Wednesday, November 19, 2014

'What Not Cabaret' at Mimetic Festival, 18th November 2014

I love hanging out in The Vaults under Waterloo Station. Over the years I've seen this labyrinth of tunnels accommodate a 1980s-themed apocalypse, a horror-themed circus and a psytrance hippy rave.  Now they're the headquarters for the Mimetic Festival; "a two week celebration of the very best emerging devised, physical and visual theatre, puppetry and cabaret".  I've got a bunch of tickets to these performances, which cover a huge variety of theatrical skills, tones and ideas.

So let's cut to the first act.  What Not Cabaret are half warped entertainment, half performance art with a tiny smidge of artist therapy dolloped on top.  Introducing us to this gaggle of weirdos is Boris Johnson.  Literally mop-headed, suit bulging with chub and mixing metaphors like it's going out of style, he takes us through a characteristically garbled interpretation of London life involving eggs and flapjacks.  Underneath this bumbling buffoonery is Saskia Solomons, whose impression of Johnson is so good it borders on creepy.

Next up is Tiff Wear with Pfft.  He emerges from behind a curtain, clear plastic pipes writhing around his topless body.  At one of the end of the pipes lie two balloons positioned above his head and on his hip.  At the other end lie two foot pumps, and stomping around the place they gradually pump up the balloons.  All the while Wear is staring at the audience and creepily wobbling his body.  The balloons gradually inflate and finally *pop* sending a jump of excitement through the audience.  This type of performance marks the tone of What Not Cabaret, quick, simple and effective realisations of strange ideas.

Next is Arkem Walton's The Cloud, in which he plays an Eeyore-ish personification of the Internet.  Perched atop his head is an enormous, glowing cloud.  He explains that it bulges painfully with the pointless trivia we upload every day; fake Kodachrome pictures of foot, cute cat macros and selfies with art masterpieces.  If all this were getting stuffed into your head you'd be miserable too, so Walton plays the internet like a sad clown, moaning his way through morose covers of Enter Sandman or Sweet Dreams (Are Made of This).  The excellent costume combined with Walton's gloomy, "flummoxed" personality makes for a winning combination.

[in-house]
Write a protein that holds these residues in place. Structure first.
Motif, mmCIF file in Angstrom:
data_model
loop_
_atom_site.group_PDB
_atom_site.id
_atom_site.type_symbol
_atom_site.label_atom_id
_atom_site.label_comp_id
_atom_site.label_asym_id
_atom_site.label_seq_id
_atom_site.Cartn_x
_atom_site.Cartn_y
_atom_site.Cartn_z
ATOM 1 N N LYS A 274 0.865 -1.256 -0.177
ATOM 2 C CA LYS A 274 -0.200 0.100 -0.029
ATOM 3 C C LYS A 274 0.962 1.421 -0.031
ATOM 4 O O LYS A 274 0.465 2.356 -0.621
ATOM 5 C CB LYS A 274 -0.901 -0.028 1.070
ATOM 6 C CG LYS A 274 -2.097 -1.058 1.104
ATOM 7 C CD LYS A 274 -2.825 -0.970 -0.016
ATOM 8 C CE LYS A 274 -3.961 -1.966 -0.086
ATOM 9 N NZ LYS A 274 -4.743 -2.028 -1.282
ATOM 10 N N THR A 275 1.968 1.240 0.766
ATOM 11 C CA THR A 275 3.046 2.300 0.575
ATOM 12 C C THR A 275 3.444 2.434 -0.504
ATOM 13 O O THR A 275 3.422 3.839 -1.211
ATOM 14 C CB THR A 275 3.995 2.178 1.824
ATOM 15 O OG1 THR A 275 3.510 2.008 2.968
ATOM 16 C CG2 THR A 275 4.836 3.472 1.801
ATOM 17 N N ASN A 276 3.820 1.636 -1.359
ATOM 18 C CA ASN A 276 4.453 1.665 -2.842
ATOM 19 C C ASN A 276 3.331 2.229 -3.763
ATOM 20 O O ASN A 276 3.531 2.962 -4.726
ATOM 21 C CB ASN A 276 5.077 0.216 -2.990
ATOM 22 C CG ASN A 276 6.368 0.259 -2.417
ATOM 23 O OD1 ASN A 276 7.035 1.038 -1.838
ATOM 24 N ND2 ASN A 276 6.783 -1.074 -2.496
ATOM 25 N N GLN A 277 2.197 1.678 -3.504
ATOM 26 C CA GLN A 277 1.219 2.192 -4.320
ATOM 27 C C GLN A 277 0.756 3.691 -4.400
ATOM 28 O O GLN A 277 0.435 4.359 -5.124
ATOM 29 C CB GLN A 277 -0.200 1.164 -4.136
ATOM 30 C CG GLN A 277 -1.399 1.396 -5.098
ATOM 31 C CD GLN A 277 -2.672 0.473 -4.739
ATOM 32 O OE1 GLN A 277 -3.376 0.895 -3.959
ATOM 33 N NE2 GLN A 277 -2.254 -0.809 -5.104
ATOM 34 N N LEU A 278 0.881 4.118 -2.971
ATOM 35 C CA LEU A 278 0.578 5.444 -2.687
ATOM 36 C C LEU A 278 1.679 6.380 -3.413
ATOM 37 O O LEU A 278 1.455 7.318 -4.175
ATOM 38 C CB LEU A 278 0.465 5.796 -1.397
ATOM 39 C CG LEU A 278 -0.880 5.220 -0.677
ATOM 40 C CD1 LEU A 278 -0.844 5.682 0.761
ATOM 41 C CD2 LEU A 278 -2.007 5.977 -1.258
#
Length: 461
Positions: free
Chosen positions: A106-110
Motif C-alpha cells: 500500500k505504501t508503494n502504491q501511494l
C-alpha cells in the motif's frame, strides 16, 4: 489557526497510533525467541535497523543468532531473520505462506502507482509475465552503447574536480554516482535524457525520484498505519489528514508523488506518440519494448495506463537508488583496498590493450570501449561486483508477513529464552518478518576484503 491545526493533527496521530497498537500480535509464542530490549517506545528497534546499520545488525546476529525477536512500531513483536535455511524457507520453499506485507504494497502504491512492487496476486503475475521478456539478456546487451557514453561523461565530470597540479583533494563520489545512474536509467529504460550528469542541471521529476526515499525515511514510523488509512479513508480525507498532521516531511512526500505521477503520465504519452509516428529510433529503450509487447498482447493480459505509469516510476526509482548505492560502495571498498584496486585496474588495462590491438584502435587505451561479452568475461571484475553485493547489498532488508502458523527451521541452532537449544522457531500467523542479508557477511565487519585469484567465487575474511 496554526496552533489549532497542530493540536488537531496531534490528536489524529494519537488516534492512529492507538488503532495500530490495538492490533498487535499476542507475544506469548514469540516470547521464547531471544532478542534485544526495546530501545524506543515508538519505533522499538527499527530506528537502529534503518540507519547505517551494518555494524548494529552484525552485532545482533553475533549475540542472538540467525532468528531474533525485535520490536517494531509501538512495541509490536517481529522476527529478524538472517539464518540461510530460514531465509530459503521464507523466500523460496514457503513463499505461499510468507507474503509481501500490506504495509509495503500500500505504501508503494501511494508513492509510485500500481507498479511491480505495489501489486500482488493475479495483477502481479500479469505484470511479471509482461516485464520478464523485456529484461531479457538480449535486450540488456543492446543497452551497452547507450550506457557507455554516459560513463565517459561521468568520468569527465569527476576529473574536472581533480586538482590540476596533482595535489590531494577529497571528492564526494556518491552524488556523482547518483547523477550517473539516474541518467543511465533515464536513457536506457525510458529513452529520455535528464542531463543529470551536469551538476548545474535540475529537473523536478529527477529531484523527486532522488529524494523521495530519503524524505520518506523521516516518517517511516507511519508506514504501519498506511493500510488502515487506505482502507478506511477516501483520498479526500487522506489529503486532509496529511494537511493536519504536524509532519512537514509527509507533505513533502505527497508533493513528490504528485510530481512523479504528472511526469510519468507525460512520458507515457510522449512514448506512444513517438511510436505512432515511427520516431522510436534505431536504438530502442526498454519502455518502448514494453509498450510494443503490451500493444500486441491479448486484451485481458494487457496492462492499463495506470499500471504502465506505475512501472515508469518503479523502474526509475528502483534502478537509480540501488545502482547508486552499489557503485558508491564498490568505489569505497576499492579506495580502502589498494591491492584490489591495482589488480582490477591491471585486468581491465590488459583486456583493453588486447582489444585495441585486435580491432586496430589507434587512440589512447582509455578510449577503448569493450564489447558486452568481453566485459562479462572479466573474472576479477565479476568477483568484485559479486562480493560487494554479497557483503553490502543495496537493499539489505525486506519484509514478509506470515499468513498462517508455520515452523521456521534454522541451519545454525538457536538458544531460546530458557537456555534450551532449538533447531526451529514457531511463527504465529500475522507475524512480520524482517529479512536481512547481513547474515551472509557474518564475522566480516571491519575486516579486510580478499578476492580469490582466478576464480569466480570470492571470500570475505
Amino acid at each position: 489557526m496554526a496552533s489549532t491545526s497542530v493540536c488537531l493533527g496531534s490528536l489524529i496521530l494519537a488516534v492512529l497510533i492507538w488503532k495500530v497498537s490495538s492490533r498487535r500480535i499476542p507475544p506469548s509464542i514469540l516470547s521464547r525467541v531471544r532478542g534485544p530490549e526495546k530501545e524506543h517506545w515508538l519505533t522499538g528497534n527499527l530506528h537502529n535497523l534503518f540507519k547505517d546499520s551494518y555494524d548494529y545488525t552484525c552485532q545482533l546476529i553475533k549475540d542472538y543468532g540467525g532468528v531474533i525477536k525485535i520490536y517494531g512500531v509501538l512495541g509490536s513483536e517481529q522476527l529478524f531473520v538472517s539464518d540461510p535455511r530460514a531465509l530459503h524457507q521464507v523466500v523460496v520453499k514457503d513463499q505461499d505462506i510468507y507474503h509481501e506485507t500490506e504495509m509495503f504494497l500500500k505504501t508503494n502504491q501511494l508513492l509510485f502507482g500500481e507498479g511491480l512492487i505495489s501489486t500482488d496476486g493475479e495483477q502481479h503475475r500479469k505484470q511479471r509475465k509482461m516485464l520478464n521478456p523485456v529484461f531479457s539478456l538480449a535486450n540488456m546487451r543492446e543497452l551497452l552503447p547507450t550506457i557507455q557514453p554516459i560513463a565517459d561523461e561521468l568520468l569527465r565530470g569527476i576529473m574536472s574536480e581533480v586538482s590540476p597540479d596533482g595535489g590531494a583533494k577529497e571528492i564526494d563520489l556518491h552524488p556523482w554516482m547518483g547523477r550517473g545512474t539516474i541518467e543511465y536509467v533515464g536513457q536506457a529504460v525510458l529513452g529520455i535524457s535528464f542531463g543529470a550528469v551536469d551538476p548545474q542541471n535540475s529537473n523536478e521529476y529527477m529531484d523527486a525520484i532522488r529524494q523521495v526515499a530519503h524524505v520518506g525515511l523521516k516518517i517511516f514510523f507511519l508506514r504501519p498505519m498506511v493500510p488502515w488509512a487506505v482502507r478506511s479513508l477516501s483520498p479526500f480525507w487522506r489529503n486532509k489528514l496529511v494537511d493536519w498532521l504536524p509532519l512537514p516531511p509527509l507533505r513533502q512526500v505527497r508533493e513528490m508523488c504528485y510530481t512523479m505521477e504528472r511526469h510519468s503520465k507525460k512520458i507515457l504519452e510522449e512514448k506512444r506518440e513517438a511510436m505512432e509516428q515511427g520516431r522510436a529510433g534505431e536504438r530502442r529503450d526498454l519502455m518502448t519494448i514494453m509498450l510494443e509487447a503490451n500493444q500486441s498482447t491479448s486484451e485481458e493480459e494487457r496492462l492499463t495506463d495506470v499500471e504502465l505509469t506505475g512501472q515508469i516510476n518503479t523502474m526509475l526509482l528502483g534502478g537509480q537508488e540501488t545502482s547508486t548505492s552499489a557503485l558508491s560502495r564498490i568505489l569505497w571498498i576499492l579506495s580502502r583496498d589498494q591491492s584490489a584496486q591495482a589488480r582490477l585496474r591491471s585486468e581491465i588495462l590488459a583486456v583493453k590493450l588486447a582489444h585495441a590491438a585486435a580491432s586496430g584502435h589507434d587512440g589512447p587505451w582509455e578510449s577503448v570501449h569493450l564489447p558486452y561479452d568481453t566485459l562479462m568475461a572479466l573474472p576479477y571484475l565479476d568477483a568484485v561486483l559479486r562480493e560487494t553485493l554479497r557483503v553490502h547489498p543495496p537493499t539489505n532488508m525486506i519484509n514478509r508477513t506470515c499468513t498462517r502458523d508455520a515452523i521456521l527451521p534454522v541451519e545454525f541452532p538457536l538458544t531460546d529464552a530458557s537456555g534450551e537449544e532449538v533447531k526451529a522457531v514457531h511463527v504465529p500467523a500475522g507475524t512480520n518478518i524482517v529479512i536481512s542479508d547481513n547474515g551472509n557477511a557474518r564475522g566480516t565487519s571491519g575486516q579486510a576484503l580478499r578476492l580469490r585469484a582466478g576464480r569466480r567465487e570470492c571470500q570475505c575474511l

Things get even stranger with Domenico Trombetti's Untitled.  He shuffles onto stage with talcum powder white hair, white face paint and a big poofy white dress.  His head and one arm poke through the top and gaze curiously about.  He behaves somewhat like a gigantic kitten, playfully going through predatory motions as he explores the space.  Soon he's being assailed by his own red-gloved hand.  Trombetti's hugely expressive face and wide, staring eyes make for a striking combination, as does his flopsy body language.  God only knows what the genesis of this idea was, but I dug it.

Finally, Charlotte Wombwell closed up the cabaret as Scarlett Shambles with a ukelele song It Used to be Me.  With a few exceptions I hate ukeleles (the most twee of all instruments - my notes read "a fucking uke!?").  Fortunately I think this was taking the piss out of soulful ukelele pickers.  The performance consisted of a heartbreak song in which Wombwell collapsed into ever more melodramatic fits of emotion, eventually theatrically weeping and grizzling up into the sky. I really hope this wasn't a genuine cathartic display of emotion; I was laughing along with the rest of the audience at how ridiculous it was.

What Not Cabaret is an odd duck, the performances too weird to fit into traditional cabaret. It's main strength is its speed; you simply don't have time to get bored with any of the acts before something new and surreal is on stage.  I'm all about brevity; one of my pet hates is something dragging on for longer than it needs to, so this quickfire gallery of strangeness was very much up my street.

Tickets: £6 (£5 concs) Upcoming Dates: 19, 25, 26, November 2014. Time:  6:35:pm.

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